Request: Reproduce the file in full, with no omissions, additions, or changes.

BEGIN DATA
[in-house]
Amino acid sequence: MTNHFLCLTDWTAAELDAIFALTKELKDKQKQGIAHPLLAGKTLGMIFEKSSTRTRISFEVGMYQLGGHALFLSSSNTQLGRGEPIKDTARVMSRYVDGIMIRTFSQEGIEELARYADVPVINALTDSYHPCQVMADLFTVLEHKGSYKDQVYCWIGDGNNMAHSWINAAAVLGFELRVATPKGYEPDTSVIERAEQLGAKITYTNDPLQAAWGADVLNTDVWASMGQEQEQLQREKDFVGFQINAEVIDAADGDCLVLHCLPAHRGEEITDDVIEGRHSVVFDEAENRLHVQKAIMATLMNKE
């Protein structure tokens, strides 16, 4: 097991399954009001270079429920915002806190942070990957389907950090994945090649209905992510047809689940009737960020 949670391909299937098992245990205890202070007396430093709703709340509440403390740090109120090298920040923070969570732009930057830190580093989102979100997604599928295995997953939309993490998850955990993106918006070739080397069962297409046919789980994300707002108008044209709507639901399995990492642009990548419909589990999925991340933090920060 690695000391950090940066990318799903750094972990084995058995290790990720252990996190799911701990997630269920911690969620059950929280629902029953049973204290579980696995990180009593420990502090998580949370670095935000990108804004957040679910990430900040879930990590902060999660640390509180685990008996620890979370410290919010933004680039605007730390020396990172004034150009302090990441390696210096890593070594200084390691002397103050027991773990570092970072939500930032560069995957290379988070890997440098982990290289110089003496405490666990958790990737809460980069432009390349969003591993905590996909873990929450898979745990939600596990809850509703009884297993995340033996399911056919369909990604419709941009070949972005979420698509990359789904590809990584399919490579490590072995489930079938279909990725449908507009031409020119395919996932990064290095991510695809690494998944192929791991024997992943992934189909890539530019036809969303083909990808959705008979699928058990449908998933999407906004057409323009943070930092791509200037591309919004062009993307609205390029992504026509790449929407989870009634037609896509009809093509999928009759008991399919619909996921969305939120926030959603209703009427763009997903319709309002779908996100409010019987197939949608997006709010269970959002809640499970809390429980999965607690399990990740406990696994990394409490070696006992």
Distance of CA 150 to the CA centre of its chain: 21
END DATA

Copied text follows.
[in-house]
Amino acid sequence: MTNHFLCLTDWTAAELDAIFALTKELKDKQKQGIAHPLLAGKTLGMIFEKSSTRTRISFEVGMYQLGGHALFLSSSNTQLGRGEPIKDTARVMSRYVDGIMIRTFSQEGIEELARYADVPVINALTDSYHPCQVMADLFTVLEHKGSYKDQVYCWIGDGNNMAHSWINAAAVLGFELRVATPKGYEPDTSVIERAEQLGAKITYTNDPLQAAWGADVLNTDVWASMGQEQEQLQREKDFVGFQINAEVIDAADGDCLVLHCLPAHRGEEITDDVIEGRHSVVFDEAENRLHVQKAIMATLMNKE
């Protein structure tokens, strides 16, 4: 097991399954009001270079429920915002806190942070990957389907950090994945090649209905992510047809689940009737960020 949670391909299937098992245990205890202070007396430093709703709340509440403390740090109120090298920040923070969570732009930057830190580093989102979100997604599928295995997953939309993490998850955990993106918006070739080397069962297409046919789980994300707002108008044209709507639901399995990492642009990548419909589990999925991340933090920060 690695000391950090940066990318799903750094972990084995058995290790990720252990996190799911701990997630269920911690969620059950929280629902029953049973204290579980696995990180009593420990502090998580949370670095935000990108804004957040679910990430900040879930990590902060999660640390509180685990008996620890979370410290919010933004680039605007730390020396990172004034150009302090990441390696210096890593070594200084390691002397103050027991773990570092970072939500930032560069995957290379988070890997440098982990290289110089003496405490666990958790990737809460980069432009390349969003591993905590996909873990929450898979745990939600596990809850509703009884297993995340033996399911056919369909990604419709941009070949972005979420698509990359789904590809990584399919490579490590072995489930079938279909990725449908507009031409020119395919996932990064290095991510695809690494998944192929791991024997992943992934189909890539530019036809969303083909990808959705008979699928058990449908998933999407906004057409323009943070930092791509200037591309919004062009993307609205390029992504026509790449929407989870009634037609896509009809093509999928009759008991399919619909996921969305939120926030959603209703009427763009997903319709309002779908996100409010019987197939949608997006709010269970959002809640499970809390429980999965607690399990990740406990696994990394409490070696006992």
Distance of CA 150 to the CA centre of its chain: 21